The most recent exhibition, which closed January 2, Automania, was based on the 1964 Oscar-nominated Automania 2000, an animated Halas and Batchelor film that examined cars as material possessions, transportation changers and style makers but also as elements in deaths, traffic and ecological horrors.

In the exhibition audio guide, Andrew Gardner, a member of the curatorial team with Galloway, referenced “these stunning specimens of both rare and mass market vehicles alongside artworks and design objects that amplify a richer and thornier story about the way car culture has reshaped our lives for better and for worse.”

These included items as basic as various street signs designed by Margaret Calvert and Jock Kinneir for British roads in the 1960s; Henri de Toulouse-Lautrec’s 1898 print L’Automobiliste; Lily Reich’s 1930s designs for a tubular-steel car seat; photographs of American car factories (c. 1930–32) by Margaret Bourke-White; Frank Lloyd Wright’s 1955 drawings for a “Road Machine”; Orange Car Crash Fourteen Times (1963) by Andy Warhol; and a Jorge Rigamonti 1966–70 photo collage illustrating environmental destruction in Venezuela.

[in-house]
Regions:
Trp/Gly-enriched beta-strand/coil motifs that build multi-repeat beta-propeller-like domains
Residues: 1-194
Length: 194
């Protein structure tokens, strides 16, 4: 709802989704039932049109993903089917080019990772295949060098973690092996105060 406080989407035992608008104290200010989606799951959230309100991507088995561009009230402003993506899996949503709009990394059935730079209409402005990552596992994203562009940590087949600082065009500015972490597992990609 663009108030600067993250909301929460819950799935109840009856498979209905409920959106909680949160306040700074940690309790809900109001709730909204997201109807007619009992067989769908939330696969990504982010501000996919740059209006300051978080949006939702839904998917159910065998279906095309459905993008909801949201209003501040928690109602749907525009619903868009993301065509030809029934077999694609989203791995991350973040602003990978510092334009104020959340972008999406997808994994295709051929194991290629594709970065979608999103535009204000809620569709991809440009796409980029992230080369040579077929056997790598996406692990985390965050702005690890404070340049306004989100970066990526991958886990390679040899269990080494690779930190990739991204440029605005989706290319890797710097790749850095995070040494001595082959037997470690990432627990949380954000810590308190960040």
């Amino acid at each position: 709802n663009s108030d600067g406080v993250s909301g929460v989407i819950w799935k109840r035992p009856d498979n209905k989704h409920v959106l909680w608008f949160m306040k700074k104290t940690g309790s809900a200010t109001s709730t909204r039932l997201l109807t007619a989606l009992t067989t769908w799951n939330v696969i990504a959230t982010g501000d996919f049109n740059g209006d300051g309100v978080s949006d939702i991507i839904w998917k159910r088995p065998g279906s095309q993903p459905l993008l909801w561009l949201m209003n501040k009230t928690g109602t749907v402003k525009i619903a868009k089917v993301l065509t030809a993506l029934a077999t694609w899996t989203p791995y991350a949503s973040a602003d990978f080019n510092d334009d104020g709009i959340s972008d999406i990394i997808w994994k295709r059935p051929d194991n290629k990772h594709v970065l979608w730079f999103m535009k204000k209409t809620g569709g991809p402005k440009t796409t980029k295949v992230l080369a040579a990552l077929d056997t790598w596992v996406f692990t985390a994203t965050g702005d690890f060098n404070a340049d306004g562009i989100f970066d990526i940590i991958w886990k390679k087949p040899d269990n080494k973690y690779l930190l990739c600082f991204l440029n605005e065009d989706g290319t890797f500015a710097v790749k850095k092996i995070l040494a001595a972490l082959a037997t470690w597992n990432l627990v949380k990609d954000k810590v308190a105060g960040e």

Juliet Kinchin, the lead curator of the exhibition, said: “Cars have reimagined mobility, connecting us across great distances at ever greater speed, but this increased freedom and economic empowerment have come at the expense of tremendous human suffering and environmental damage,” she says.

“Throughout the 20th century, the car has inspired innumerable examples of innovation, social transformation and critical debate among designers, architects, artists, filmmakers and photographers,” she adds. “We really wanted to address the conflicted feelings of compulsion, desire and rage that have developed in response to cars and car culture throughout the 20th century,” Kinchin said in the exhibition audio guide.